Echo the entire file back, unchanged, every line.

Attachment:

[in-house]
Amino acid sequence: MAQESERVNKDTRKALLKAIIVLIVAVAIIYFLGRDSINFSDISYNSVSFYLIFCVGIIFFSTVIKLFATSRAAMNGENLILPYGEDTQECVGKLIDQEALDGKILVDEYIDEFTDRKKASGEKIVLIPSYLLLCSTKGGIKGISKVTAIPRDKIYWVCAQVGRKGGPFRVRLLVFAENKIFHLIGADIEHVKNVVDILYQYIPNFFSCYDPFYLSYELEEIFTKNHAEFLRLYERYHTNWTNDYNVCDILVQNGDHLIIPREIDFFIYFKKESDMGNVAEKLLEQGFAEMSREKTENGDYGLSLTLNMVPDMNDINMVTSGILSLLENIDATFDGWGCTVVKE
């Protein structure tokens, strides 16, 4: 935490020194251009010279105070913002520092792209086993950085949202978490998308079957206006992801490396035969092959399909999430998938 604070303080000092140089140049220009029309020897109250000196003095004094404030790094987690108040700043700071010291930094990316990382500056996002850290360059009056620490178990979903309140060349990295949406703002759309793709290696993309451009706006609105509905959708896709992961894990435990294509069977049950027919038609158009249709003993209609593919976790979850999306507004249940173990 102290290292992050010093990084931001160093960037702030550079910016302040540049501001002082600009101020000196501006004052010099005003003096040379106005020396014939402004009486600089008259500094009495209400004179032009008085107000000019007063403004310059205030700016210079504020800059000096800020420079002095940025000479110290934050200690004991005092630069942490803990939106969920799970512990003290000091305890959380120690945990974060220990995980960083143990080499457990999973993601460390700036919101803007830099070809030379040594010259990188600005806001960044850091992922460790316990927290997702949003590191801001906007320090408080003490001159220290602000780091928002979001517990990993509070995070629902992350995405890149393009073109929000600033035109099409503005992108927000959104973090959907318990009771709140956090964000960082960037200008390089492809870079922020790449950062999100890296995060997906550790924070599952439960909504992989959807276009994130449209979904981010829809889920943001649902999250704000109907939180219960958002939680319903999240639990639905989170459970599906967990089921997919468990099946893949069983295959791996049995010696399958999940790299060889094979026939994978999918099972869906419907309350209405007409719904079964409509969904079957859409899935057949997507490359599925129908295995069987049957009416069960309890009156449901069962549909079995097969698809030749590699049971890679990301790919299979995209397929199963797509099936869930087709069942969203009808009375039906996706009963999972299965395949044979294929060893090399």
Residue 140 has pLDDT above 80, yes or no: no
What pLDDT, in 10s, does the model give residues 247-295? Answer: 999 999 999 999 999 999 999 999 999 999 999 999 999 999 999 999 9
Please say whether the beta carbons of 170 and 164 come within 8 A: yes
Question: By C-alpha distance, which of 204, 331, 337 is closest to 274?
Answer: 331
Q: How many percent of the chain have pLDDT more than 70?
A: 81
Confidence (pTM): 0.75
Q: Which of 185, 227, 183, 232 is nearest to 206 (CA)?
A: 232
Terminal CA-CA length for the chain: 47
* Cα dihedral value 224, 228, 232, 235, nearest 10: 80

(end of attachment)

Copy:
[in-house]
Amino acid sequence: MAQESERVNKDTRKALLKAIIVLIVAVAIIYFLGRDSINFSDISYNSVSFYLIFCVGIIFFSTVIKLFATSRAAMNGENLILPYGEDTQECVGKLIDQEALDGKILVDEYIDEFTDRKKASGEKIVLIPSYLLLCSTKGGIKGISKVTAIPRDKIYWVCAQVGRKGGPFRVRLLVFAENKIFHLIGADIEHVKNVVDILYQYIPNFFSCYDPFYLSYELEEIFTKNHAEFLRLYERYHTNWTNDYNVCDILVQNGDHLIIPREIDFFIYFKKESDMGNVAEKLLEQGFAEMSREKTENGDYGLSLTLNMVPDMNDINMVTSGILSLLENIDATFDGWGCTVVKE
């Protein structure tokens, strides 16, 4: 935490020194251009010279105070913002520092792209086993950085949202978490998308079957206006992801490396035969092959399909999430998938 604070303080000092140089140049220009029309020897109250000196003095004094404030790094987690108040700043700071010291930094990316990382500056996002850290360059009056620490178990979903309140060349990295949406703002759309793709290696993309451009706006609105509905959708896709992961894990435990294509069977049950027919038609158009249709003993209609593919976790979850999306507004249940173990 102290290292992050010093990084931001160093960037702030550079910016302040540049501001002082600009101020000196501006004052010099005003003096040379106005020396014939402004009486600089008259500094009495209400004179032009008085107000000019007063403004310059205030700016210079504020800059000096800020420079002095940025000479110290934050200690004991005092630069942490803990939106969920799970512990003290000091305890959380120690945990974060220990995980960083143990080499457990999973993601460390700036919101803007830099070809030379040594010259990188600005806001960044850091992922460790316990927290997702949003590191801001906007320090408080003490001159220290602000780091928002979001517990990993509070995070629902992350995405890149393009073109929000600033035109099409503005992108927000959104973090959907318990009771709140956090964000960082960037200008390089492809870079922020790449950062999100890296995060997906550790924070599952439960909504992989959807276009994130449209979904981010829809889920943001649902999250704000109907939180219960958002939680319903999240639990639905989170459970599906967990089921997919468990099946893949069983295959791996049995010696399958999940790299060889094979026939994978999918099972869906419907309350209405007409719904079964409509969904079957859409899935057949997507490359599925129908295995069987049957009416069960309890009156449901069962549909079995097969698809030749590699049971890679990301790919299979995209397929199963797509099936869930087709069942969203009808009375039906996706009963999972299965395949044979294929060893090399």
Residue 140 has pLDDT above 80, yes or no: no
What pLDDT, in 10s, does the model give residues 247-295? Answer: 999 999 999 999 999 999 999 999 999 999 999 999 999 999 999 999 9
Please say whether the beta carbons of 170 and 164 come within 8 A: yes
Question: By C-alpha distance, which of 204, 331, 337 is closest to 274?
Answer: 331
Q: How many percent of the chain have pLDDT more than 70?
A: 81
Confidence (pTM): 0.75
Q: Which of 185, 227, 183, 232 is nearest to 206 (CA)?
A: 232
Terminal CA-CA length for the chain: 47
* Cα dihedral value 224, 228, 232, 235, nearest 10: 80